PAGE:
With the announcement of the Moto G 3rd Gen this morning at Motorola’s official event, those looking for a new device which doesn’t break the bank but is still capable of handling everyday tasks fairly easily might be looking to Motorola to provide them with a solution. Last year’s Moto G was no powerhouse, but it was no slouch either, and that’s OK since it was never meant to be a powerhouse device. It fits right into the low-end price tier but Motorola has packed the Moto G 2015 full of decent specs for the cost, like 16GB of internal storage space and 2GB of RAM, a Qualcomm Snapdragon 410 processor, and an Adreno 306 GPU for handling the graphics.
How does it score in the benchmarks though? While benchmarks are not the end-all be-all for how a device will perform in the real world and everyone’s experiences will be different since they use the device differently, they still provide a good peek into what you can expect from the device when it’s in your hands and you’re using it as a daily driver. We ran it through some benchmarks to see how it stacked up, and it seems to have performed quite admirably with the hardware that’s built inside of it. We ran it through both AnTuTu as well as GFX Open GL to see how the CPU as well as the GPU performed in various tests.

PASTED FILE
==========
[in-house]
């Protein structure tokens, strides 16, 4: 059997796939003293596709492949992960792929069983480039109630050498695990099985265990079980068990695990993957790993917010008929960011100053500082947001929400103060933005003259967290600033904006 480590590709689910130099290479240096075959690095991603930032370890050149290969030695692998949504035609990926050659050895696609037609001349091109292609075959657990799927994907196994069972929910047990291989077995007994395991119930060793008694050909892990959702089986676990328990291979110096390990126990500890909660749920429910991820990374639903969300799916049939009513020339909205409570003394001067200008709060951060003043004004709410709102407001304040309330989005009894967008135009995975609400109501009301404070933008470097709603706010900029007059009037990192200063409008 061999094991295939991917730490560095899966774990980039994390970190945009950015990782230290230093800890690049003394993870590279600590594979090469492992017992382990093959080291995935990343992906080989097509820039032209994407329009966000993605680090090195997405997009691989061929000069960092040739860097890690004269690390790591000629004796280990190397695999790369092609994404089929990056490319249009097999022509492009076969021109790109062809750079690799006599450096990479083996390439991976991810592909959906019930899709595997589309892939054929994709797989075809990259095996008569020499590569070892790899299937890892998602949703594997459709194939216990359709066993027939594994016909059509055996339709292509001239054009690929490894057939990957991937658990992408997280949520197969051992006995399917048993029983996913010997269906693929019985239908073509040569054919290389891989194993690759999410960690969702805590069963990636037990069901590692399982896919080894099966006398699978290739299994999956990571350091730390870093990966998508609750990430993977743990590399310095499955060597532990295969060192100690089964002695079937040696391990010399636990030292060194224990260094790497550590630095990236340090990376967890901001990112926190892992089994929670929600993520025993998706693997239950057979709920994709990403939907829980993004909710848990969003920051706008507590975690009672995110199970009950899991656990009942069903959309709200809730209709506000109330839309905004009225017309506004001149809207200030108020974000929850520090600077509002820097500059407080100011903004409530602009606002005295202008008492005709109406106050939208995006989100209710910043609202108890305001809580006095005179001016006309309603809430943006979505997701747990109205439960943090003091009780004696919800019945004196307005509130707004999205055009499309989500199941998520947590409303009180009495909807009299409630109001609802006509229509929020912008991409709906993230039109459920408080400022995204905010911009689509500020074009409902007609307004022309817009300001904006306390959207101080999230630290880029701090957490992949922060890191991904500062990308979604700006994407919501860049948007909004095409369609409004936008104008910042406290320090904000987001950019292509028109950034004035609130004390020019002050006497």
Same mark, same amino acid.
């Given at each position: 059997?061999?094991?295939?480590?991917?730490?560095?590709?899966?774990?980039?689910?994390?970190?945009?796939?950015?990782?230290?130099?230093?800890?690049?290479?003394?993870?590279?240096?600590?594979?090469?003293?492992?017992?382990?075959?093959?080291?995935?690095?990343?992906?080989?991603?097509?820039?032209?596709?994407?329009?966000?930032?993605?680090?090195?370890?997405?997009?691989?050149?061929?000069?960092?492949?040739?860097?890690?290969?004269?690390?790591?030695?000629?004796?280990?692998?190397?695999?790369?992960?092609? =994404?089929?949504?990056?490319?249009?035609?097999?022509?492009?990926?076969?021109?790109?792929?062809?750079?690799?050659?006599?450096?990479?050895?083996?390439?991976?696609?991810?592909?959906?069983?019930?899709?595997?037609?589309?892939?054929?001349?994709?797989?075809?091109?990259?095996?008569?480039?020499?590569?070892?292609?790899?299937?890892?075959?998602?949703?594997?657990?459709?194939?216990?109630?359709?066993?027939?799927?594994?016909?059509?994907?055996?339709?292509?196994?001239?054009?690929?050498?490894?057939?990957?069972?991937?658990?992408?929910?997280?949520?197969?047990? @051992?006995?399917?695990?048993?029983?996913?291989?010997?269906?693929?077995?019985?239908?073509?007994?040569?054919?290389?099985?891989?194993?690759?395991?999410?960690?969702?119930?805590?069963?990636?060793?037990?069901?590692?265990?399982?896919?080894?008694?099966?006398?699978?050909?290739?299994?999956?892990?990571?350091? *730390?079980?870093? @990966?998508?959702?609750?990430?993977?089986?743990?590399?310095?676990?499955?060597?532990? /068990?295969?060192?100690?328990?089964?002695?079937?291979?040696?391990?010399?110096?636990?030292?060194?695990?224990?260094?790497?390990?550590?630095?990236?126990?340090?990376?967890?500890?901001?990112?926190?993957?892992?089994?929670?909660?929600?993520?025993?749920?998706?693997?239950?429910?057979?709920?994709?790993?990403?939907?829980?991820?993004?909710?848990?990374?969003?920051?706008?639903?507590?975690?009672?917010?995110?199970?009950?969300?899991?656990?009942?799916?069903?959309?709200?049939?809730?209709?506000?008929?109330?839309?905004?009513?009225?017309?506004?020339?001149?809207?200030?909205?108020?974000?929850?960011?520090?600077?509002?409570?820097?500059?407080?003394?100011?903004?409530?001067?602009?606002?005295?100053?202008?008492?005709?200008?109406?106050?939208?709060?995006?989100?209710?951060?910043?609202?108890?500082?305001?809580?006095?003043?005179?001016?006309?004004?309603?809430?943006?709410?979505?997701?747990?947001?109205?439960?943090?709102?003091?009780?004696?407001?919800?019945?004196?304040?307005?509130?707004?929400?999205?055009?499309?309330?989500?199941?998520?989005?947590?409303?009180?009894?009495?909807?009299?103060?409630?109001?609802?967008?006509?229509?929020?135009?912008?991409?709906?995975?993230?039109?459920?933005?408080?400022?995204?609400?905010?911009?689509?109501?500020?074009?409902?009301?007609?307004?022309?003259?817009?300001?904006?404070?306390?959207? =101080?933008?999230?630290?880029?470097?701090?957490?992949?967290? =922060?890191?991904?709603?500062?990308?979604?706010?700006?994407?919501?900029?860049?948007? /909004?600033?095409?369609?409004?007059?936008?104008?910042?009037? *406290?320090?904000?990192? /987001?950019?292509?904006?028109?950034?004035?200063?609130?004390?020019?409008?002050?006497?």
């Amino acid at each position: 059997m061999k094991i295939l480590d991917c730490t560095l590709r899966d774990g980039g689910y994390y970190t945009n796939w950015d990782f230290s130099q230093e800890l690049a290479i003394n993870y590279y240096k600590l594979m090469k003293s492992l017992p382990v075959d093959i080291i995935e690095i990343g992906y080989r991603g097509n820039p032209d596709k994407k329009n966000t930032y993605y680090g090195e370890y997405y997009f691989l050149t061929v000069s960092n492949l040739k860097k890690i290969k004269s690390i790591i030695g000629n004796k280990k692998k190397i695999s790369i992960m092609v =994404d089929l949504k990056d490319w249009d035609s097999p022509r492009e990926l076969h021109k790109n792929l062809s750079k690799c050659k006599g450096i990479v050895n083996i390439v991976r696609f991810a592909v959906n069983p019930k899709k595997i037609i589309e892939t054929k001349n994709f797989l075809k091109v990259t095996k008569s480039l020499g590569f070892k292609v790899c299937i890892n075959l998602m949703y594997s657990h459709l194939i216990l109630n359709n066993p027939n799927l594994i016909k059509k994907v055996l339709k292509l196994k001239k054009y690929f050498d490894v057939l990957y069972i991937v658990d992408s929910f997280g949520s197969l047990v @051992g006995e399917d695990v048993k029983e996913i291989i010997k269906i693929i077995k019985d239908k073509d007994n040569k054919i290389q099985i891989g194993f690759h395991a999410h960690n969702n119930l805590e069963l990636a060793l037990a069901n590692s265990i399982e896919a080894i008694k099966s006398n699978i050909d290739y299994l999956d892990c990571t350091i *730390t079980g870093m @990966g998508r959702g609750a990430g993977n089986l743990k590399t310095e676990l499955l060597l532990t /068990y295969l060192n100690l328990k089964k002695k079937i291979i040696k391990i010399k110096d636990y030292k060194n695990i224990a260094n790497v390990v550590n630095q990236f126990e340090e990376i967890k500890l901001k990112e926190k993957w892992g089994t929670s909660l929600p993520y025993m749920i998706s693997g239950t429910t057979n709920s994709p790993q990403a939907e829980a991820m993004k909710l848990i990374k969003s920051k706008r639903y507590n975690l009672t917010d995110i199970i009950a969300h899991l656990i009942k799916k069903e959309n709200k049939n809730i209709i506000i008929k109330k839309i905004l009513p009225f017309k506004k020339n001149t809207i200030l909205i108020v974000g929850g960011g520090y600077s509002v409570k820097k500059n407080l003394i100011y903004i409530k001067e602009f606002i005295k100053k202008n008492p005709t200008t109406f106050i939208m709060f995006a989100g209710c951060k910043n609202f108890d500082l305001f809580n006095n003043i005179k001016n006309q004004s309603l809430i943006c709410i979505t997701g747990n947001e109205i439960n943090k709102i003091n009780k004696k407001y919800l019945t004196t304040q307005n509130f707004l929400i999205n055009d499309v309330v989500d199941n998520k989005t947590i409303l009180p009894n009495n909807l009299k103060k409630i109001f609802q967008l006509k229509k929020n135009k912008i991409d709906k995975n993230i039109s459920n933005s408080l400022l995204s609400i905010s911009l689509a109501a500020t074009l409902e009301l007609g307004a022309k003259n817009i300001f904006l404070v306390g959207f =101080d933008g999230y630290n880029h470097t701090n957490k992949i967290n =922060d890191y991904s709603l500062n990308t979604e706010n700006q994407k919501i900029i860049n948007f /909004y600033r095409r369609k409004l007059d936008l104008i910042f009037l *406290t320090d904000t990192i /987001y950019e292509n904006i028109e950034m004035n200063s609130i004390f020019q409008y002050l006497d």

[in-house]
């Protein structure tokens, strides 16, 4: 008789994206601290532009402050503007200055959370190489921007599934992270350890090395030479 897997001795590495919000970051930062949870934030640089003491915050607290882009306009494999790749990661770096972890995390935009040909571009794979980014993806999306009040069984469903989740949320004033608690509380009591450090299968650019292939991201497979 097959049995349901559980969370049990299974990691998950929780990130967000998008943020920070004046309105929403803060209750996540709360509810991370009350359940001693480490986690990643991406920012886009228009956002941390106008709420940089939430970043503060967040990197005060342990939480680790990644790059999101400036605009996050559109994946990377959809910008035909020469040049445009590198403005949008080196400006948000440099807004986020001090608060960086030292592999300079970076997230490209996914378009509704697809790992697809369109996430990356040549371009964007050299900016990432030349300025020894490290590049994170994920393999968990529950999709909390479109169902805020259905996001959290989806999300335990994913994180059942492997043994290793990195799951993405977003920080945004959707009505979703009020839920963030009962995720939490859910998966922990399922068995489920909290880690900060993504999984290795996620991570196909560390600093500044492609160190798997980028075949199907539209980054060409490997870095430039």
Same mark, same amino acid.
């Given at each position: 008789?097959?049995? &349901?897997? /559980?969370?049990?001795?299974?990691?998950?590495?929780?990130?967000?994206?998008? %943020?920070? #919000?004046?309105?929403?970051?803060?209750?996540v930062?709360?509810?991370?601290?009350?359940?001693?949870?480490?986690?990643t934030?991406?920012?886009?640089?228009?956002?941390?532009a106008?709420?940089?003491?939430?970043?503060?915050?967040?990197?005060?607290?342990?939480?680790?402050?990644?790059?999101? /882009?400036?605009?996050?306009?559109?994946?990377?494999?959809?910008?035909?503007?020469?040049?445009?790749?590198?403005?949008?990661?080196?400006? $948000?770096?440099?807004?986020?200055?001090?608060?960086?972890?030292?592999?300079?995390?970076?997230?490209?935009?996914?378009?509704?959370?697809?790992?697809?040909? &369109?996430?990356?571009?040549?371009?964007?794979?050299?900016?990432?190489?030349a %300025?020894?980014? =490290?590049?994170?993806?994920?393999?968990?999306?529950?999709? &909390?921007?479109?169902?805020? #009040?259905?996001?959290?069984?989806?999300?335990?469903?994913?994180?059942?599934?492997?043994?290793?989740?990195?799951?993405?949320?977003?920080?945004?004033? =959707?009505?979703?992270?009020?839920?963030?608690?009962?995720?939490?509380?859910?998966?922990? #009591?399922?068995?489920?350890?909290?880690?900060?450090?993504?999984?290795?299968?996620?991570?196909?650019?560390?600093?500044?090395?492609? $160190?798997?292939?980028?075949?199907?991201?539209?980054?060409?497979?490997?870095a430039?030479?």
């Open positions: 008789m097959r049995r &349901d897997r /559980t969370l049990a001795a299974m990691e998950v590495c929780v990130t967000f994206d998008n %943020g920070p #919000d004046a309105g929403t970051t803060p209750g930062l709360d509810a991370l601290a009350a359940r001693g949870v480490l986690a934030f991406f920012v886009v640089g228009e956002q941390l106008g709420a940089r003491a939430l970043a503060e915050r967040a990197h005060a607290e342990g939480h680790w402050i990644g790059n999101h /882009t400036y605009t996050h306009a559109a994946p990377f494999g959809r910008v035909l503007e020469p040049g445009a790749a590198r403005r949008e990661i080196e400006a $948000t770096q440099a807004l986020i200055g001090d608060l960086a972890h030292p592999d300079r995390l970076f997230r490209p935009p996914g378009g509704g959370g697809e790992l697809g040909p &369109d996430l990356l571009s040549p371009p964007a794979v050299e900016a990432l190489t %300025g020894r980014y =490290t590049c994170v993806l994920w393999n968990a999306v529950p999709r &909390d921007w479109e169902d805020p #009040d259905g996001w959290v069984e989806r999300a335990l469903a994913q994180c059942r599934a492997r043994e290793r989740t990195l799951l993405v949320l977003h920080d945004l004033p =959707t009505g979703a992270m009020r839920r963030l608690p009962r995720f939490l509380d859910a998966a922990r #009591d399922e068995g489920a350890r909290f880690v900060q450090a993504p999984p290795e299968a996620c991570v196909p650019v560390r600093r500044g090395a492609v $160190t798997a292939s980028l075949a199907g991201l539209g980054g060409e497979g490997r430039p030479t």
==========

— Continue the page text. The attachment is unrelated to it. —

In GFX Open GL, a series of high level tests were ran to see how it handled graphics processing. In the Manhattan test which is used to test out how it handles graphics rendering in 720p, it came up with a score of 237.2 frames at 3.8 fps. The same test was ran to see how it handles 1080 graphics rendering and the score came up a little lower at 102.5 frames at 1.7 fps. GFX also runs the T-Rex test in both 720p and 1080p, and here the Moto G 3rd Gen scored 535.2 frames at 9.6 fps and 293.5 frames at 5.2 fps respectively. In the low level test it was capable of rendering 720p graphics with a score of 1,003 frames at 33 fps. When we ran the device through AnTuTu it came up with a score of 23,836, which may not be comparable to higher-end devices, but compared to the Moto G 2nd Gen it’s an improvement, as the previous Moto G has an AnTuTu score of somewhere around 18,000. So, the Moto G is still not for those looking to grab something with the most powerful hardware, but should you want something a little more light on the cost, the new Moto G should easily handle everyday tasks including games, videos and the like.